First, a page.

Standard learning also overlooks the role of emotions in making experiences memorable, enhancing the learning process.  Liu et al. (2017) concluded that “playful learning experiences characterized by joy, meaning, active engagement, iteration, and social interaction can offer multimodal inputs that stimulate interconnected networks involved in learning.” (p. 4)  Additionally, “the emotion of joy was associated with increased dopamine, which enhances the brain’s ability to process and retain information." (p. 6)  

Because of how the brain functions and develops, play is exactly what the brain needs to grow.  According to Cordes and Miller (Eds.) (n.d.), diverse scientific research “suggests that later intellectual development is rooted in rich childhood experiences that combine healthy relationships, physical engagement with the real world, and the exercise of imagination in self-generated play and in the arts.” (p. 8) According to the Center of Child Development at Harvard University (2016),

“It is vitally important that experiences provided in the earliest years are appropriate for the child’s stage of development. Encouraging self-directed, creative play is one important strategy for supporting that goal. Indeed, the key dimensions of play are precisely those that fuel the development of increasing capabilities as a child gets older by promoting a state of low anxiety and providing opportunities for novel experiences, active engagement, and learning from peers and adults.” (p. 9)

This type of quality play paves the way for that child’s future academic potential.  Cordes and Miller (Eds. (n.d.) observe, “The power to generate playfully one’s own images and to transform them in the mind’s eye, scientists now theorize, later becomes the capacity to play with challenging mathematical, scientific, and cultural concepts in ways that create new insights. (p. 9)

Patience pays off.  It is best to follow the natural model of child development by allowing children to develop at their natural pace, thereby building the foundation that will allow children to master academic subjects later.  According to Miller and Almon (2009), countries known for their high academic achievement (China, Japan, and Finland) all stress play in schools before the second grade. According to the Center on the Developing Child (2016), “If adults ask young children to master skills for which the necessary brain circuits have not yet been formed—such as programs that attempt to drill toddlers in reading or math facts—they will be wasting time and resources, and might even impair healthy brain development if they induce excessive stress in the child. (p. 9)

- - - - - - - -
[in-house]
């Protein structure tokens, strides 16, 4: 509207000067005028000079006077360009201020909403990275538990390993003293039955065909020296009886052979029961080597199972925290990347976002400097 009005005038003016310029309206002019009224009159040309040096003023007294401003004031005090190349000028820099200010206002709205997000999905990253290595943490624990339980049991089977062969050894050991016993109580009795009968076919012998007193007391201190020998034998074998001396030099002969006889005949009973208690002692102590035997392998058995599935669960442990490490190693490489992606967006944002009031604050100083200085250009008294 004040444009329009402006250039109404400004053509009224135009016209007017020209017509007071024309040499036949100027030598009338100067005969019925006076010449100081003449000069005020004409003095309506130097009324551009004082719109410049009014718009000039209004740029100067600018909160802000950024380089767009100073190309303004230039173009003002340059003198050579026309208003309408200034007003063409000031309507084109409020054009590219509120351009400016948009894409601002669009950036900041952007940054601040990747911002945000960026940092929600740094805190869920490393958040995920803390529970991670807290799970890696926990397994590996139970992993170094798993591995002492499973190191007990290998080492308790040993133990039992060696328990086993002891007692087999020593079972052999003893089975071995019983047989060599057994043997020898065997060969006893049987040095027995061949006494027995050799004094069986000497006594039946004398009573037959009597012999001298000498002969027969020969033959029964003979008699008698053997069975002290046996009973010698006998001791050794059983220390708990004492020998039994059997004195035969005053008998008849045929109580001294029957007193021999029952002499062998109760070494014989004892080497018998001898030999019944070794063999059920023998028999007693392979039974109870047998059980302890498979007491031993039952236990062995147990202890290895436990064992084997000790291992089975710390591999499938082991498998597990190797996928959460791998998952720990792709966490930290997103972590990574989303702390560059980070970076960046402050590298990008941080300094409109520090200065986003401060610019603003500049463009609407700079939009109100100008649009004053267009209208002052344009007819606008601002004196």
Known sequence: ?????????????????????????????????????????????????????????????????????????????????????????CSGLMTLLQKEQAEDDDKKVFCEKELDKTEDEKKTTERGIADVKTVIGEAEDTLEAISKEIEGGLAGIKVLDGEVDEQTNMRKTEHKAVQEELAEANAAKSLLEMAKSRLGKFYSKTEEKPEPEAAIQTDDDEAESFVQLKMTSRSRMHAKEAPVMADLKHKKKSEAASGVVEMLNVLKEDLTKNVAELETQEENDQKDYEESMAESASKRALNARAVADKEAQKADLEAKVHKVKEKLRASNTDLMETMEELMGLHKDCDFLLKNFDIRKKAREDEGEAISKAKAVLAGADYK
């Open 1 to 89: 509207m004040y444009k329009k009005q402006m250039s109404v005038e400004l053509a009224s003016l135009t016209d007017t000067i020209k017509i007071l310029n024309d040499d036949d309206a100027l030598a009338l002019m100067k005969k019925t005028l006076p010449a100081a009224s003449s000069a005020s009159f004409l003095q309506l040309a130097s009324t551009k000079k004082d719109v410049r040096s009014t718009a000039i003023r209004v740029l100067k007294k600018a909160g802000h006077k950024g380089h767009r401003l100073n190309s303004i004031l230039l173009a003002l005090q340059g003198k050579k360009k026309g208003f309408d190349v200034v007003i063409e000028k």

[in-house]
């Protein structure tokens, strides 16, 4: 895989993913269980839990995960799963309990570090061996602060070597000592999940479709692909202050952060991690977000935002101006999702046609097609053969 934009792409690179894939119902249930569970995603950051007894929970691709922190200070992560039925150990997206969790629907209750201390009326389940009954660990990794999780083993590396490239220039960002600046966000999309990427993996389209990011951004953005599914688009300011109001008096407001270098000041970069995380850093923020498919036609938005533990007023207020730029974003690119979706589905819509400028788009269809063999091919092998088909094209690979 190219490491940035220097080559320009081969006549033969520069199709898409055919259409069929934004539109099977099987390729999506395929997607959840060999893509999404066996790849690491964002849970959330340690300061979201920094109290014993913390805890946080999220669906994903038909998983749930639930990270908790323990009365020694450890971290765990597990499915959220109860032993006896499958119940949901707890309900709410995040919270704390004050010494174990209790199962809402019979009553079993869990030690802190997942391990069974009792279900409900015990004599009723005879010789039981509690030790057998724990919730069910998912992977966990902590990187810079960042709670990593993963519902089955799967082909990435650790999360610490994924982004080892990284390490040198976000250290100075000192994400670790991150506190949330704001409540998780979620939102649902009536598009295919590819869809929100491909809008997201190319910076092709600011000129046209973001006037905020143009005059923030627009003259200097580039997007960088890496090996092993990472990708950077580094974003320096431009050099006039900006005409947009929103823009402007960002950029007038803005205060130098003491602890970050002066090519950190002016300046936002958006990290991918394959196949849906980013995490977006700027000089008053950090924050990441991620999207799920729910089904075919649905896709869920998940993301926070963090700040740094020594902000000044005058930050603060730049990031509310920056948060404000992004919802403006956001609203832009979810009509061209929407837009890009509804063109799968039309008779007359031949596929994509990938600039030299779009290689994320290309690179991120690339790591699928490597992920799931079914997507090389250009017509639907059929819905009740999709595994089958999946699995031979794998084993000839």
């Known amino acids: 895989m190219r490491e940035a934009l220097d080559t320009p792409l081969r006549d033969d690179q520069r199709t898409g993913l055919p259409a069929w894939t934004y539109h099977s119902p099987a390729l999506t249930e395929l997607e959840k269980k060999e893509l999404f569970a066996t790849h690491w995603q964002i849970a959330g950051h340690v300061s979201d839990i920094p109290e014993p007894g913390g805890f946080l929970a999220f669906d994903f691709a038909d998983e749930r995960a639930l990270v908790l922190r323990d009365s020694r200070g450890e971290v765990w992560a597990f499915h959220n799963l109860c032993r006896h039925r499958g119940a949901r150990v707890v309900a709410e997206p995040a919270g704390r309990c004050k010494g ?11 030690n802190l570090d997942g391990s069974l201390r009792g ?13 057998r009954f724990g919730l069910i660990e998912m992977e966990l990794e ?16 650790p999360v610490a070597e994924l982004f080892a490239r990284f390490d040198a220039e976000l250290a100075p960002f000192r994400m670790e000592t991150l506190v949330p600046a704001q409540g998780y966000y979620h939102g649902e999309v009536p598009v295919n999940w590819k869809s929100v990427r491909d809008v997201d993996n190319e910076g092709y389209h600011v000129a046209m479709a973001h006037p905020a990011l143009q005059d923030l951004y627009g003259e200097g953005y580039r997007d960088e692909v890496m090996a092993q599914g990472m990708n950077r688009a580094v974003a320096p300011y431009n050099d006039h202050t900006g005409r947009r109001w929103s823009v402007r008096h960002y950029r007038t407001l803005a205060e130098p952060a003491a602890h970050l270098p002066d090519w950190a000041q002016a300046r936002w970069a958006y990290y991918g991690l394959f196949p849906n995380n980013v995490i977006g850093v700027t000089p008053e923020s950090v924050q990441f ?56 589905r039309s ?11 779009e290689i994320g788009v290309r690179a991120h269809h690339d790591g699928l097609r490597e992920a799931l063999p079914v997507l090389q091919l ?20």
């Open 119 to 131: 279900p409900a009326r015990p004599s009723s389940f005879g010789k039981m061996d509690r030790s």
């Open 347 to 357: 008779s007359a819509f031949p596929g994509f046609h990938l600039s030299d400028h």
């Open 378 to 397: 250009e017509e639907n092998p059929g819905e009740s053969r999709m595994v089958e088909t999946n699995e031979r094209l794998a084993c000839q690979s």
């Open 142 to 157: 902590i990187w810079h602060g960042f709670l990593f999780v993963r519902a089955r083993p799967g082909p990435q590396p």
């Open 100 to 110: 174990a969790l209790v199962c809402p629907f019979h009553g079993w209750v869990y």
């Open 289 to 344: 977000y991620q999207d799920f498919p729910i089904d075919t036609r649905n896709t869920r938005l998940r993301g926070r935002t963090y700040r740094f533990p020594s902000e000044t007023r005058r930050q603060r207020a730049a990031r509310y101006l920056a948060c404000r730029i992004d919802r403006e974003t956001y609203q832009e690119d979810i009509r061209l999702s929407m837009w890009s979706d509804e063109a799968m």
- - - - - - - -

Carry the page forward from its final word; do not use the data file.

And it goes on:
Instead of focusing on early cognitive attainment (numbers, letters, colors), it is more important to help children feel positive about themselves.  As noted by Barber (2018), Nathan Wallis offers the following advice, “We can very accurately predict future outcomes for young children—and it has nothing to do with the alphabet.  It all comes down to their disposition about themselves as a learner: what really matters for a child under seven is how clever he thinks he is.”  (p. 17) To do this, Wallis recommends child-led, free play.

With children spending a large amount of time at home, parents have the opportunity to ensure their young children are getting plenty of time to play, without worrying that this will place their children behind.  Investment in play is an investment in a child’s future success, not only academically, but in his or her development as a healthy human being.


Barber, K. (2018). Building Brains. Family Times, Winter2018. Retrieved 26 Sept. 2020 from

Center on the Developing Child at Harvard University (2016). From Best Practices to BreakthroughImpacts: A Science-Based Approach to Building a More Promising Future for Young Children and Families. Retrieved 29 Sept. 2020 from

Cordes, C., Miller, E. (Eds.). (N.D.) “Fool’s Gold: A Critical Look at Computers in Childhood.” Alliance for Childhood.  Retrieved 30 Sept. 2020 from

Danniels, E., and Pyle, A. (2018). Defining Play-based Learning. OISE University of Toronto, Canada, February 2018.  Retrieved 24 Sept. 2020 from 

Leisman, G., Mualem, R., and Mughrabi, S. (2015). The neurological development of the child with the educational enrichment in mind. Psicología Educativa, 21 (2), 79-96.  Retrieved  29 Sept. 2020 from

Liu, C., Solis, S. L., Jensen, H., Hopkins, E. J., Neale, D., Zosh, J. M., Hirsh-Pasek, K., and Whitebread, D. (2017). Neuroscience and learning through play: a review of the evidence (research summary). The LEGO Foundation, Denmark. Retrieved 24 Sept. 2020 from

Miller, E., Almon, J. (2009). Crisis in the Kindergarten: Why Children Need to Play in School, Alliance for Childhood. Retrieved 29 Sept. 2020 from

National Scientific Council on the Developing Child (2004).Children’s Emotional Development Is Built into the Architecture of Their Brains: Working Paper No. 2. Retrieved 29 Sept. 2020 from